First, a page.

The latest WWF project is PandaSat, a small, students-built satellite that is low-cost, lightweight, solar-powered and shaped like a cube. It can be connected to PandaTags, fingernail-sized tracking devices that can be attached to a range of species. “About 10,000 birds can be tracked with 50 satellites and we can get rich information on wildlife movements and migration,” she added.
And while drones or Unmanned Aerial Vehicles (UAVs) often get a bad rap as being devices of destruction and surveillance, they can also be used in saving wildlife. Making a case for them was Shashank Srinivasan, conservation geographer, drone operator and founder of a Goa-based start-up called Technology For Wildlife. “We have worked on several pilot projects to prove that they can be impactful in conservation.” These include monitoring stranded dolphins on Goa’s coastline, mapping coral reefs using underwater drones and assessing plastic pollution in Ladakh and Spiti using aerial robots.
Mobile apps aren’t just helping researchers but also the general public to take photographs, identify and document flora and fauna, be it children monitoring fruiting and flowering patterns of trees to track climate change on SeasonWatch.in, or locals documenting intertidal marine life in Mumbai.
Initiatives like iNaturalist have led to the discovery and rediscovery of species, and a better understanding of ecology and conservation needs.
This has given impetus to citizen science, which involves public participation, usually for data collection, to further scientific research.
Dr Suhel Quader, senior scientist at Nature Conservation Foundation (NCF), who is well-known for leading several citizen science projects, informed that since 2008, iNaturalist — an online social network to map and share biodiversity observations across the globe — took six-and-a-half years to reach one million observations. “This year, in the month of May alone, three million observations were uploaded on it,” he said.
Such initiatives have led to the discovery and rediscovery of species, and a better understanding of ecology and conservation needs. “An outcome I find interesting is better, detailed documentation of biodiversity at particular sites. Making it available publicly makes it harder for developmental projects to get away with inaccurate assessments,” he added.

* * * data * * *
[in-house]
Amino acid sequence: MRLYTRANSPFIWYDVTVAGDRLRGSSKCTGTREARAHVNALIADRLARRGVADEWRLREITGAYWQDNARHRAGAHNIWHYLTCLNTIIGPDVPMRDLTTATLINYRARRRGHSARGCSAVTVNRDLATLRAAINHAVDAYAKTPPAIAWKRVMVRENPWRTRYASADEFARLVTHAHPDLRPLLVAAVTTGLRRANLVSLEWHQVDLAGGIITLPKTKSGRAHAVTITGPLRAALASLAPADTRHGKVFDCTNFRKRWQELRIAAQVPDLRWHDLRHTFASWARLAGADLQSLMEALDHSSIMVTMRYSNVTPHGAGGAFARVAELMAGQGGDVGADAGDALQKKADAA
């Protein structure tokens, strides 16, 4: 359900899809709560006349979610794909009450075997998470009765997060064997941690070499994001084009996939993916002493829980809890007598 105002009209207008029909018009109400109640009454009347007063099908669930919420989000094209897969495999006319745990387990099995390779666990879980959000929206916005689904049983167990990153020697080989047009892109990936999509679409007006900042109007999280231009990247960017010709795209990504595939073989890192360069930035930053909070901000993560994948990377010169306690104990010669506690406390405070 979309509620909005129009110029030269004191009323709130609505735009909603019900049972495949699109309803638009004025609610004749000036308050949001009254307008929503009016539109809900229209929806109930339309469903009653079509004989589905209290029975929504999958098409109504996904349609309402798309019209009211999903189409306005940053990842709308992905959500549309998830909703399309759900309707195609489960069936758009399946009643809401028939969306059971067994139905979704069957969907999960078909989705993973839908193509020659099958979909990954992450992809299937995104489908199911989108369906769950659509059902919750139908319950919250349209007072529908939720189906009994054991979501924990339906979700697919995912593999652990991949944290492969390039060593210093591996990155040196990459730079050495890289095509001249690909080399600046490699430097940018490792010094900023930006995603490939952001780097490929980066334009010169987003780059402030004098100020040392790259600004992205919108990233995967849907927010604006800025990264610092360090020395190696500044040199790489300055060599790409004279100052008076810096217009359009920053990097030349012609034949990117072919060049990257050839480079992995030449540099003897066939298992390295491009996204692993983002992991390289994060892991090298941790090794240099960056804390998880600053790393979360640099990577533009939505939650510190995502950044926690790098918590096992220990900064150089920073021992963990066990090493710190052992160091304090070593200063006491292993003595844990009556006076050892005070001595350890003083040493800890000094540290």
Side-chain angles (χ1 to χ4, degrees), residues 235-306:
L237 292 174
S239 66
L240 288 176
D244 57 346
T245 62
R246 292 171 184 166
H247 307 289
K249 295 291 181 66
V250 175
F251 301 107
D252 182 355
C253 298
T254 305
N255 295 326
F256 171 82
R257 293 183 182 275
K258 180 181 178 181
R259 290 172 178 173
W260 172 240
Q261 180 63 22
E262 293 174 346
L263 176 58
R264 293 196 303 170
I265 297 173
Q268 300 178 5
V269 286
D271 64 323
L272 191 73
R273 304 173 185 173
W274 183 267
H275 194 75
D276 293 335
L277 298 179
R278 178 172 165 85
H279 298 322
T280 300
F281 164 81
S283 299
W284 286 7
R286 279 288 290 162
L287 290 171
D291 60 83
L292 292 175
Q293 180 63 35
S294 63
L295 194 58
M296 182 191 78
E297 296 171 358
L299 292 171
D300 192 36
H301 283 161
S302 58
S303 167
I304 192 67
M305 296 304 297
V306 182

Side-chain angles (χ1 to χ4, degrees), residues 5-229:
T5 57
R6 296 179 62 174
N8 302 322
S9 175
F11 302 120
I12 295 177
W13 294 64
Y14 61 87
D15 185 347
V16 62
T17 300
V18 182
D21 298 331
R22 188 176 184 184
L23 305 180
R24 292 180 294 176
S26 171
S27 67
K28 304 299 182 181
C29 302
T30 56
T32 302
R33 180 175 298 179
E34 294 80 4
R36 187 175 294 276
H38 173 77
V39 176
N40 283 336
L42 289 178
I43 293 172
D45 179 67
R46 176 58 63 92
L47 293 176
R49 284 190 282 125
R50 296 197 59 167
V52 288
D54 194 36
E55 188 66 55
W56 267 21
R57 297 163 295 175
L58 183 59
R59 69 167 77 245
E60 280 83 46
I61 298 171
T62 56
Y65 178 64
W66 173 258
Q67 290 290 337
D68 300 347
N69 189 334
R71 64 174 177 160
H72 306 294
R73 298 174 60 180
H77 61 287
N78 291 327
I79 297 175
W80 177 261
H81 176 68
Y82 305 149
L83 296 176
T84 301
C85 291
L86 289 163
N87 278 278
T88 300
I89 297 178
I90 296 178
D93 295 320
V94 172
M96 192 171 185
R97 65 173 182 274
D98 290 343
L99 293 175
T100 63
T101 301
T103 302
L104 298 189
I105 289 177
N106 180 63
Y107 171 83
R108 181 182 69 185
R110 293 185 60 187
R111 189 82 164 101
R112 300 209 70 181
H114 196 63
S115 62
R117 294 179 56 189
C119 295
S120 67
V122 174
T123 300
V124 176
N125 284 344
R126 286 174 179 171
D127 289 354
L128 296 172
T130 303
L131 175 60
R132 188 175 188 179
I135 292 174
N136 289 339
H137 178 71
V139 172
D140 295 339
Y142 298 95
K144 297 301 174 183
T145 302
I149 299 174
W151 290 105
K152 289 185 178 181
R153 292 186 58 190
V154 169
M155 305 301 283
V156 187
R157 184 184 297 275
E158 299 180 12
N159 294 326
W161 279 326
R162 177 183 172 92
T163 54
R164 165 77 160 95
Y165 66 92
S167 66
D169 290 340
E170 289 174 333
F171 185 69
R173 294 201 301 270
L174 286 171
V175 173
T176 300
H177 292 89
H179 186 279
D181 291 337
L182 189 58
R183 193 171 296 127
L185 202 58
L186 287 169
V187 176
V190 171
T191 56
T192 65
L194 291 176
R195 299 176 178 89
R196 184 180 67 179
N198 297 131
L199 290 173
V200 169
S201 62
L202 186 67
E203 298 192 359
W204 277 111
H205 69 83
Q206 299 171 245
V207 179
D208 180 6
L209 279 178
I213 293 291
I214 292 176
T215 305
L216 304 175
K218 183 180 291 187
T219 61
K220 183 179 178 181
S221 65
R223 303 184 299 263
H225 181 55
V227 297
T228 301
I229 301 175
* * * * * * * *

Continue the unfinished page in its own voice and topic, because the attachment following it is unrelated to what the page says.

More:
‘Technology can help us come up with a different way of thinking, and we can use its help to work towards conservation.’
The panellists also acknowledged the questions of ethics, issues of data privacy and harmful effects of technology, if placed in wrong hands. They highlighted the need for better safeguarding of systems.
A common consensus, however, was that tech is crucial for conservation. Badola concluded, “Wildlife and their habitats are in deep trouble due to human-made causes. The IPBES report says that around one million species are facing the threat of extinction, some within the next few decades. So, we need to make every effort count. Einstein said that we can’t solve problems by using the same kind of thinking we used when we created them. Technology can help us come up with a different way of thinking, and we can use its help to work towards conservation.”
Krutika Behrawala is a journalist who enjoys writing about food, culture and communities. After chasing deadlines in the newsrooms of major publications for a decade, she has settled into freelancing to write mindfully, tell stories that make a difference and work towards a sustainable way of living, one step at a time.